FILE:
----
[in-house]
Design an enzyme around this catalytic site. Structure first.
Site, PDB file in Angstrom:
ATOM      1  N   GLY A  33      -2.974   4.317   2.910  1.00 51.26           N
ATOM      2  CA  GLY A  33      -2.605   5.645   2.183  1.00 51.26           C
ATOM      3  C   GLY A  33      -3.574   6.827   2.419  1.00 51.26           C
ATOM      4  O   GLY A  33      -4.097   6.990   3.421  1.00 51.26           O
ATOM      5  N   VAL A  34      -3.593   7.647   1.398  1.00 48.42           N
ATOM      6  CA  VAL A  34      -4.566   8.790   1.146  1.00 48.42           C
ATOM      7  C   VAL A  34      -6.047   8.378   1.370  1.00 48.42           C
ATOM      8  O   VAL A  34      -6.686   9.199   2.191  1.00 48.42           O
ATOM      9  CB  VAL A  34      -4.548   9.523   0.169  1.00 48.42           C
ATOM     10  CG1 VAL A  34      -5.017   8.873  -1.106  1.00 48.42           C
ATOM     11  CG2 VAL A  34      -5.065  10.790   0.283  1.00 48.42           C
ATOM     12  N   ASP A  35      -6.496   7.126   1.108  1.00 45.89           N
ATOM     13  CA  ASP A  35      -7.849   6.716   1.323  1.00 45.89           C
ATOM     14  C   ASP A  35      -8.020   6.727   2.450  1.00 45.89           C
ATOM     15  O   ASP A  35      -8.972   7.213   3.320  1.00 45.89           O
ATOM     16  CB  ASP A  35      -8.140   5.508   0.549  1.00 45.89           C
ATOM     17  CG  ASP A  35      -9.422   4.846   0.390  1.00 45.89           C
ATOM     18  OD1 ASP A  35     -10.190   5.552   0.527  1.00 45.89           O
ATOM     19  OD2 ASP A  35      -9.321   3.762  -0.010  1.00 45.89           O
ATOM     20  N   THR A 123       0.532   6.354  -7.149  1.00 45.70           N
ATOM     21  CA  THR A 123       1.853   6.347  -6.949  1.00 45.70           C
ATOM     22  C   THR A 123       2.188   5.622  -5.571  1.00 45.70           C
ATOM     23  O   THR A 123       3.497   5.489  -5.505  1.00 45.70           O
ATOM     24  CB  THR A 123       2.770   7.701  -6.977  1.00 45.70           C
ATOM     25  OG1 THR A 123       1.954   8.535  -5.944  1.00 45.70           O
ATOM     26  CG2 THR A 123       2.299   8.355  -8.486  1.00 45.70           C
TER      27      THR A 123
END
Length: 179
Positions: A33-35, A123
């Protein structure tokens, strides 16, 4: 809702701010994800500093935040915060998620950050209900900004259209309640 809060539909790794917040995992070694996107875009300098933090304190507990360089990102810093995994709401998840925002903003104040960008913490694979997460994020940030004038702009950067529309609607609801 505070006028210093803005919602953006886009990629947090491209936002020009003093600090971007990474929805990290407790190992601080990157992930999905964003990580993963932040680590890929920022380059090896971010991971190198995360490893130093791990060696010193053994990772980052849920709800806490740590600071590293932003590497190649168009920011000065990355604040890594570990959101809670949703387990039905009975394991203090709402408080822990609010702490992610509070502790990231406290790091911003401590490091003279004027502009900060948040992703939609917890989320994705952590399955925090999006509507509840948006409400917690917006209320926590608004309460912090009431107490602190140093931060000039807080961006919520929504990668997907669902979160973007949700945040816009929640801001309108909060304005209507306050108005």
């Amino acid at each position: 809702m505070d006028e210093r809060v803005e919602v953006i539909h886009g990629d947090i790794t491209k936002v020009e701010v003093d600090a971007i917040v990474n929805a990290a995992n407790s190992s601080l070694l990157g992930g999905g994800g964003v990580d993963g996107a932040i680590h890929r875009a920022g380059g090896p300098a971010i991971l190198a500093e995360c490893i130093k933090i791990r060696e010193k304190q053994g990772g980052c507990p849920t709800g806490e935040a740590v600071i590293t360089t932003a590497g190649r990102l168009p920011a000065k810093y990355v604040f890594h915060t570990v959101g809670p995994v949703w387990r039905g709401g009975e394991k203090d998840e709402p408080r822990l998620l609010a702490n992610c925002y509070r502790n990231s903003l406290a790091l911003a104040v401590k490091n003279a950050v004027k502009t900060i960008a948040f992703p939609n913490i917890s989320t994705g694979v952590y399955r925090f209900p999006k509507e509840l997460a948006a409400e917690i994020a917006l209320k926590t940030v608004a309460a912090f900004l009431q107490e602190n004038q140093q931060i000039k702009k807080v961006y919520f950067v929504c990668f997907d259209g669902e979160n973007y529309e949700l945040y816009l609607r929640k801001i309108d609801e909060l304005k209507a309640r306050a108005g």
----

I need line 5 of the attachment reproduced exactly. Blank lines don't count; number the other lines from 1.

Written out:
ATOM      2  CA  GLY A  33      -2.605   5.645   2.183  1.00 51.26           C